Most of Jerusalem's Afro-Palestinian residents live in old buildings that were originally built in the 10th century for the city's poor. Made later into prisons by the Ottomans, the buildings were handed over to the Old City's Islamic trusteeship during the British Mandate, which rented them to members of the African community because many served as guards or servants at the Al-Aqsa Mosque.
Despite these deep roots to the area, some Palestinians still refer to them with a local derogatory term, "abeed," Arabic for "slaves," and to their
"We fought the usage of this term and mentality for many years," Quos said. "Less people use it now." But he said racism can still surface, in marriage proposals, for example.
"Sometimes when a black Palestinian wants to marry a white Palestinian woman, some members of her family might object," he said. "It's not a phenomenon, and recently, there have been more inter-marriages."
Jiddah, the tour guide, blamed ignorance for any type of racism among Palestinians, and points out that he has experienced similar racism from Israelis.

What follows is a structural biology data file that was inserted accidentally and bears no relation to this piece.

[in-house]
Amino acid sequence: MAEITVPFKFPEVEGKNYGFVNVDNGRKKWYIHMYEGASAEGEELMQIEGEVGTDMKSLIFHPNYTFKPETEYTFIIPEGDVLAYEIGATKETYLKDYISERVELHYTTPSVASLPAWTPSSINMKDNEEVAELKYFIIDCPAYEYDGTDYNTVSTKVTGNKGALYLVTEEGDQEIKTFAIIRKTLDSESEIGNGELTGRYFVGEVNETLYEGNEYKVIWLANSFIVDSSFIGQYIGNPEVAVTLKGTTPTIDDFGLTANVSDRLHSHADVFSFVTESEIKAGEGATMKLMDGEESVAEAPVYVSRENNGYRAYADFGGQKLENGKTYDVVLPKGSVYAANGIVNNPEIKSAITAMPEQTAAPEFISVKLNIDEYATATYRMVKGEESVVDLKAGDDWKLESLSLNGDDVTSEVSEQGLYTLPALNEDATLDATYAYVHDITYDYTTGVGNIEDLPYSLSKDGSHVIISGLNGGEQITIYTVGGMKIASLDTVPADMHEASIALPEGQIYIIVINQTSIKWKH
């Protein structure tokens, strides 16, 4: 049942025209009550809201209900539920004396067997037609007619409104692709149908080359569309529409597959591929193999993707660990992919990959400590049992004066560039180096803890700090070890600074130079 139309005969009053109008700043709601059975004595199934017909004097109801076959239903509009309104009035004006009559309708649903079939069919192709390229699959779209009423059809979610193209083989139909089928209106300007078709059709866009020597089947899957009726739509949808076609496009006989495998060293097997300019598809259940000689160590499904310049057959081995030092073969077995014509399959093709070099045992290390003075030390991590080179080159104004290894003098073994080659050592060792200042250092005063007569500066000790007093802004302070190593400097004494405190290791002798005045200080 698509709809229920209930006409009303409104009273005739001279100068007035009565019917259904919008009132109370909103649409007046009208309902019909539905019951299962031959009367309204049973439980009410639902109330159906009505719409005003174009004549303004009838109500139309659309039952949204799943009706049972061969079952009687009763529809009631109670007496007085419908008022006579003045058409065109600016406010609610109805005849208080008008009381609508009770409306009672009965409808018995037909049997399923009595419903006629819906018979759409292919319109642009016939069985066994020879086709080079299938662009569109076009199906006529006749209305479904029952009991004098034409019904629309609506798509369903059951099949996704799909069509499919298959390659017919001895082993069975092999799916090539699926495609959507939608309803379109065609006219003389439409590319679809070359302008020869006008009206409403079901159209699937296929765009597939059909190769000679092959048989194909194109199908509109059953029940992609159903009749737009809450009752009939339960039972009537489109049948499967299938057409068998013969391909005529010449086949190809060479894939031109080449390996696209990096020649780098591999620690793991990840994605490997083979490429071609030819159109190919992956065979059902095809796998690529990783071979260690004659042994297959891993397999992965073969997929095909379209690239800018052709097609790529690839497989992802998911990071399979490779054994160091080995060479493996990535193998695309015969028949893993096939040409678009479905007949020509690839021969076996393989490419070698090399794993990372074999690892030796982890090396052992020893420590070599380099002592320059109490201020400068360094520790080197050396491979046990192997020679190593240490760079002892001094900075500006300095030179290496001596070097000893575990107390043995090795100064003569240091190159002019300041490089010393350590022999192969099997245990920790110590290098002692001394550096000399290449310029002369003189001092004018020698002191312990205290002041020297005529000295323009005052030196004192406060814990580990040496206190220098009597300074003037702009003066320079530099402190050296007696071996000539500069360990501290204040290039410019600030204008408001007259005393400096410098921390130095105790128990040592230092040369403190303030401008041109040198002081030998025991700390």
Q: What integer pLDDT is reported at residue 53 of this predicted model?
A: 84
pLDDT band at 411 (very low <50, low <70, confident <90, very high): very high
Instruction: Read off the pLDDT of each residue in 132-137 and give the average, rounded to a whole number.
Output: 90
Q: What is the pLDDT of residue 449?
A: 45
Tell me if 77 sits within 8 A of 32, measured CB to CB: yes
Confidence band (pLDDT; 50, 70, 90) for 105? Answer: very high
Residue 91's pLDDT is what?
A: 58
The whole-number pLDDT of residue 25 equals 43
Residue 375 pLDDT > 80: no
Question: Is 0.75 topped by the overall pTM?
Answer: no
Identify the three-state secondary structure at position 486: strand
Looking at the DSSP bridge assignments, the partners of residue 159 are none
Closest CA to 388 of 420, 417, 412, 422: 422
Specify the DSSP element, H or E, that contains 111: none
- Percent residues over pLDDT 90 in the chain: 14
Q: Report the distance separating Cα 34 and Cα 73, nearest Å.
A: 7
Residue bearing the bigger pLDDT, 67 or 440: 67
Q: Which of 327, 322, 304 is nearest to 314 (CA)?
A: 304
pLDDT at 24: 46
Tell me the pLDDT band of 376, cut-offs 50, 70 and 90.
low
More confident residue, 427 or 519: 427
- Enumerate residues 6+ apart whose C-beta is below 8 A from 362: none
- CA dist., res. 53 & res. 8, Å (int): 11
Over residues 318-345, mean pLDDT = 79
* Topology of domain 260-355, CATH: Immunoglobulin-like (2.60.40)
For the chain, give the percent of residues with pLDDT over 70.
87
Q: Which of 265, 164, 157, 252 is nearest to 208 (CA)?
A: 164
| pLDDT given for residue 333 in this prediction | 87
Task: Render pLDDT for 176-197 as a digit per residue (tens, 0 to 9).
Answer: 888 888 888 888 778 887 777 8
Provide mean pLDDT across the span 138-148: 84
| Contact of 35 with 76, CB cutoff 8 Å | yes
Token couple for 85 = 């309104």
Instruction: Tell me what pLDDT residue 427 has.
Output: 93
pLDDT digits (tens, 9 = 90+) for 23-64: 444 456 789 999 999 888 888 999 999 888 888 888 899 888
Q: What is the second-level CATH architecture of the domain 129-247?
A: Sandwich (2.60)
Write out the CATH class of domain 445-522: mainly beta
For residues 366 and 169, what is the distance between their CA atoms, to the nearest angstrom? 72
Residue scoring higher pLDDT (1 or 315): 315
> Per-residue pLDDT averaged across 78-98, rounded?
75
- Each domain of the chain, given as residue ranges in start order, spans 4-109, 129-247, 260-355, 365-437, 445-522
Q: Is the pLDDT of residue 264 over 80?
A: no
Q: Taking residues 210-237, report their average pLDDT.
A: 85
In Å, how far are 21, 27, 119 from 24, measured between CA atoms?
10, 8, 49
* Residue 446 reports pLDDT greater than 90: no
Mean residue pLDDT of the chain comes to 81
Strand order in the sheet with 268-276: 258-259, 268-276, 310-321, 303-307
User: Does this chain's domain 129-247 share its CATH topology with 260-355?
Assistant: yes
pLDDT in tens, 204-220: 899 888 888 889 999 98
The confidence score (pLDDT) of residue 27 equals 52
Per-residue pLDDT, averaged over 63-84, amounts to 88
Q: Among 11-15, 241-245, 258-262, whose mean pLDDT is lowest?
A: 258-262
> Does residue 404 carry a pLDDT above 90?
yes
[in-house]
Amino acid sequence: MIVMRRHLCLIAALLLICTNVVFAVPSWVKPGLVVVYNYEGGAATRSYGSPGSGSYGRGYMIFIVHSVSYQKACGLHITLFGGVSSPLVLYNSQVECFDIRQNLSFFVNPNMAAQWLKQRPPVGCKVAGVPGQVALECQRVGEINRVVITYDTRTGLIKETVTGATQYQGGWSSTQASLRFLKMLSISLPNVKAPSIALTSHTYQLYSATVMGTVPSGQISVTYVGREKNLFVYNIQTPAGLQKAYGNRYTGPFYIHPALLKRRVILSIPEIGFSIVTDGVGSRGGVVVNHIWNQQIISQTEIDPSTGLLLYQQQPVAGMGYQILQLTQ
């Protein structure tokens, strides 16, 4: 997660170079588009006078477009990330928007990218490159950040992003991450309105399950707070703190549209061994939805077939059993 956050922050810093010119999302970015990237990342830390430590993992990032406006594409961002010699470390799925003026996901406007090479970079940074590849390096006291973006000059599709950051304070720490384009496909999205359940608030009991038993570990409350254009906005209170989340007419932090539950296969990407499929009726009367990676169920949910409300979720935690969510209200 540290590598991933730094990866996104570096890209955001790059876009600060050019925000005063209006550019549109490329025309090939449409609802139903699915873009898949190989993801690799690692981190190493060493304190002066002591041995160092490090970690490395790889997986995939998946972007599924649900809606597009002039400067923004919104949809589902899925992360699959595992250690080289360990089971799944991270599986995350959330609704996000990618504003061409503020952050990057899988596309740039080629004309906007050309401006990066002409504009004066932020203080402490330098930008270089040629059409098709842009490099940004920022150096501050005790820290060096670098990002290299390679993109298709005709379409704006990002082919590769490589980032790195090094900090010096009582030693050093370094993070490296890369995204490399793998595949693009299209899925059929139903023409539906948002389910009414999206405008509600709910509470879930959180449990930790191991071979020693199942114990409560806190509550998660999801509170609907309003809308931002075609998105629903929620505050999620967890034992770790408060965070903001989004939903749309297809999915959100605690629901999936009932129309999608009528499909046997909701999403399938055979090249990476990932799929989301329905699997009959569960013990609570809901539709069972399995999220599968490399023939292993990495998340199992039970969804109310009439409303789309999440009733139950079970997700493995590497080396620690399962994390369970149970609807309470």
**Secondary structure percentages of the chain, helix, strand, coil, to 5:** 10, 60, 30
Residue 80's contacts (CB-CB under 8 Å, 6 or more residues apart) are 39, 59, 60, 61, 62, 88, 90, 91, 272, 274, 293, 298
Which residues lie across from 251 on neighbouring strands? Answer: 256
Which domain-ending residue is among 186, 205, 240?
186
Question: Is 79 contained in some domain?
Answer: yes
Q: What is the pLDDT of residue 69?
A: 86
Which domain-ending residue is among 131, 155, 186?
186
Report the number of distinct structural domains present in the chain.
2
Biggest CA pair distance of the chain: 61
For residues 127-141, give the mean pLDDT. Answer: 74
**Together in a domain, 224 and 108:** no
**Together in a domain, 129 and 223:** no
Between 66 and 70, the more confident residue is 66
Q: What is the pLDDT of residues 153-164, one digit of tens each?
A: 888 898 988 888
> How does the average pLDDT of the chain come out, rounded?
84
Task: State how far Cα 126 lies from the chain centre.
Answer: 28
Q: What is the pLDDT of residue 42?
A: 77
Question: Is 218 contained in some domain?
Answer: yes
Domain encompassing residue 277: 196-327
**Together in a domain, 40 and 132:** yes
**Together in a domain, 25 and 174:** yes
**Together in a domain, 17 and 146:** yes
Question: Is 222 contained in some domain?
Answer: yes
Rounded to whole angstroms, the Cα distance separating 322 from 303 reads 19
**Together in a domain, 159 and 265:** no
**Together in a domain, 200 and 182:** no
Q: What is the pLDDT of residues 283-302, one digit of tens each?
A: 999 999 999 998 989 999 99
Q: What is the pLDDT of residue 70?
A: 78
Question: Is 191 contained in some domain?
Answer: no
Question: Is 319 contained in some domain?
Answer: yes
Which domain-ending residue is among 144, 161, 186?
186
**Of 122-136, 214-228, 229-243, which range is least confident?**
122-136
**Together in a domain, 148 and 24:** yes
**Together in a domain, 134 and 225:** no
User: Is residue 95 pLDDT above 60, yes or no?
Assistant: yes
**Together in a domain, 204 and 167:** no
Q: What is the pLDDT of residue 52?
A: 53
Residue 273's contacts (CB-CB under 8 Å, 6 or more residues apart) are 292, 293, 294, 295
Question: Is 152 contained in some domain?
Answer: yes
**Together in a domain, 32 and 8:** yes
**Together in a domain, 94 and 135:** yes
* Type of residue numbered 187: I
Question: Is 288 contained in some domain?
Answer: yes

"We Afro-Palestinians are dually oppressed, as Palestinians and because of our
Still, he said the involvement of Afro-Palestinians in the struggle for independence has elevated their status in the eyes of their fellow countrymen.
"The respect we get from Palestinians is because of our role in the national struggle," said Jiddah, who sits daily at a café near the Old City's Damascus Gate sipping Turkish coffee, chain smoking and waving hello to constant passers-by.
"More Catholic than the Pope? We are more Palestinian than Palestinians," he said.
The first female Palestinian political prisoner was Fatima Bernawi in 1968, of Nigerian ancestry. She was imprisoned for a failed bombing attempt on a cinema in 1967, before being sent into exile. After an interim peace accord in 1993, Bernawi returned to serve as a senior Palestinian police official, and now lives in Jordan.
Qous, the director of the Jerusalem
Israel has its own groups of Jews of African ancestry. Jewish communities from Arab countries in north Africa like Tunisia, Libya and Morocco immigrated to the newly established Jewish state in the 1950s, and over the past 30 to 40 years, black Jews from Ethiopia have immigrated to Israel. While Ethiopians have made some inroads, the community still suffers from poverty and discrimination.
Economically, Afro-Palestinians are among the most disenfranchised in the city.
"Many leave school early to support their families and the houses that we live in are very small houses," Qous explained.
A third generation of Afro-Palestinians is now growing up within the walls of the African Quarter, more integrated and confident about their place.
Ahmad Jibril, 17, who fashions a haircut reminiscent of a young Bobby Brown and recently was put under house arrest for taking part in protests, says he has no ambiguity about his national identity.
"I am Palestinian, it shouldn't matter if I'm white or black," he said.